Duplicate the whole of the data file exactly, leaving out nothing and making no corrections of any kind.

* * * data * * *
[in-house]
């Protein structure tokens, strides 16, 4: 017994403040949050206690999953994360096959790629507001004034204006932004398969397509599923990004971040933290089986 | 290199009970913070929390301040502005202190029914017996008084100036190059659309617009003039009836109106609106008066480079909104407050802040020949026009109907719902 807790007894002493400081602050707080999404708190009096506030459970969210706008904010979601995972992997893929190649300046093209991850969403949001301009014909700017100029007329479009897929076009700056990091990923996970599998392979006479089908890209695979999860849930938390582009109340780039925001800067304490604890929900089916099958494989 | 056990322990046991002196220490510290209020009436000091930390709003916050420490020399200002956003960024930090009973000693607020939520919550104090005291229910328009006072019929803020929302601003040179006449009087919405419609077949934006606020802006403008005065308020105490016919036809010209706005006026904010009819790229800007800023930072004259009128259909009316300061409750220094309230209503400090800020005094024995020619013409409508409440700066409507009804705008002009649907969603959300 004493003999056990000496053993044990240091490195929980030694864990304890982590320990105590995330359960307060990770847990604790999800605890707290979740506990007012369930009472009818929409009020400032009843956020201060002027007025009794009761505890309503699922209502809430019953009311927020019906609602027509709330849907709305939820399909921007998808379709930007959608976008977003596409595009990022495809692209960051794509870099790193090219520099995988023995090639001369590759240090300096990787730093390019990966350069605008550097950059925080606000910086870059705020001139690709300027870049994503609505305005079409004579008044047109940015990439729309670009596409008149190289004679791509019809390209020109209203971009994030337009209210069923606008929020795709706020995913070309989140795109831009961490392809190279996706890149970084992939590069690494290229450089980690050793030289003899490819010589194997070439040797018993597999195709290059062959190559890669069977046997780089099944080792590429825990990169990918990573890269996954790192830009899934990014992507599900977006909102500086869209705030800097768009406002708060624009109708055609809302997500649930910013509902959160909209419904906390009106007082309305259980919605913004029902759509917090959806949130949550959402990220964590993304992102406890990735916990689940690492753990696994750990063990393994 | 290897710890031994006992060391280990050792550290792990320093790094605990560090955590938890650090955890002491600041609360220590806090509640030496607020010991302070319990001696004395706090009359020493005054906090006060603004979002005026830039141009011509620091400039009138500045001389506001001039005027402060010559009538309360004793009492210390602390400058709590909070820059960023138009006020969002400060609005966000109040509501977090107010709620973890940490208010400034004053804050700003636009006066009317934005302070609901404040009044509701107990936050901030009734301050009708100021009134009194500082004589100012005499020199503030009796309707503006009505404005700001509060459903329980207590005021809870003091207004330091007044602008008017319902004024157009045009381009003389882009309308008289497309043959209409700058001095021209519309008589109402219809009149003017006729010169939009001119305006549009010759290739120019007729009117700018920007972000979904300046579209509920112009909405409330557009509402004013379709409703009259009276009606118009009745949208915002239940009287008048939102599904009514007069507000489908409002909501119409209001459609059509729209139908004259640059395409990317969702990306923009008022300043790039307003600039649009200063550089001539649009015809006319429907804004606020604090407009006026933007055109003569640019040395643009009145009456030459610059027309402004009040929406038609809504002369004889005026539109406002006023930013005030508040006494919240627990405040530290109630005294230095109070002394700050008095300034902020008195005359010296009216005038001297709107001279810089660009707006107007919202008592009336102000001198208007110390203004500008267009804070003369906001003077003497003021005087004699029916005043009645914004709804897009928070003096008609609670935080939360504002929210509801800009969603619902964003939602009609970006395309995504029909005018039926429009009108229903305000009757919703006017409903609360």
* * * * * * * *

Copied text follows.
[in-house]
């Protein structure tokens, strides 16, 4: 017994403040949050206690999953994360096959790629507001004034204006932004398969397509599923990004971040933290089986 | 290199009970913070929390301040502005202190029914017996008084100036190059659309617009003039009836109106609106008066480079909104407050802040020949026009109907719902 807790007894002493400081602050707080999404708190009096506030459970969210706008904010979601995972992997893929190649300046093209991850969403949001301009014909700017100029007329479009897929076009700056990091990923996970599998392979006479089908890209695979999860849930938390582009109340780039925001800067304490604890929900089916099958494989 | 056990322990046991002196220490510290209020009436000091930390709003916050420490020399200002956003960024930090009973000693607020939520919550104090005291229910328009006072019929803020929302601003040179006449009087919405419609077949934006606020802006403008005065308020105490016919036809010209706005006026904010009819790229800007800023930072004259009128259909009316300061409750220094309230209503400090800020005094024995020619013409409508409440700066409507009804705008002009649907969603959300 004493003999056990000496053993044990240091490195929980030694864990304890982590320990105590995330359960307060990770847990604790999800605890707290979740506990007012369930009472009818929409009020400032009843956020201060002027007025009794009761505890309503699922209502809430019953009311927020019906609602027509709330849907709305939820399909921007998808379709930007959608976008977003596409595009990022495809692209960051794509870099790193090219520099995988023995090639001369590759240090300096990787730093390019990966350069605008550097950059925080606000910086870059705020001139690709300027870049994503609505305005079409004579008044047109940015990439729309670009596409008149190289004679791509019809390209020109209203971009994030337009209210069923606008929020795709706020995913070309989140795109831009961490392809190279996706890149970084992939590069690494290229450089980690050793030289003899490819010589194997070439040797018993597999195709290059062959190559890669069977046997780089099944080792590429825990990169990918990573890269996954790192830009899934990014992507599900977006909102500086869209705030800097768009406002708060624009109708055609809302997500649930910013509902959160909209419904906390009106007082309305259980919605913004029902759509917090959806949130949550959402990220964590993304992102406890990735916990689940690492753990696994750990063990393994 | 290897710890031994006992060391280990050792550290792990320093790094605990560090955590938890650090955890002491600041609360220590806090509640030496607020010991302070319990001696004395706090009359020493005054906090006060603004979002005026830039141009011509620091400039009138500045001389506001001039005027402060010559009538309360004793009492210390602390400058709590909070820059960023138009006020969002400060609005966000109040509501977090107010709620973890940490208010400034004053804050700003636009006066009317934005302070609901404040009044509701107990936050901030009734301050009708100021009134009194500082004589100012005499020199503030009796309707503006009505404005700001509060459903329980207590005021809870003091207004330091007044602008008017319902004024157009045009381009003389882009309308008289497309043959209409700058001095021209519309008589109402219809009149003017006729010169939009001119305006549009010759290739120019007729009117700018920007972000979904300046579209509920112009909405409330557009509402004013379709409703009259009276009606118009009745949208915002239940009287008048939102599904009514007069507000489908409002909501119409209001459609059509729209139908004259640059395409990317969702990306923009008022300043790039307003600039649009200063550089001539649009015809006319429907804004606020604090407009006026933007055109003569640019040395643009009145009456030459610059027309402004009040929406038609809504002369004889005026539109406002006023930013005030508040006494919240627990405040530290109630005294230095109070002394700050008095300034902020008195005359010296009216005038001297709107001279810089660009707006107007919202008592009336102000001198208007110390203004500008267009804070003369906001003077003497003021005087004699029916005043009645914004709804897009928070003096008609609670935080939360504002929210509801800009969603619902964003939602009609970006395309995504029909005018039926429009009108229903305000009757919703006017409903609360």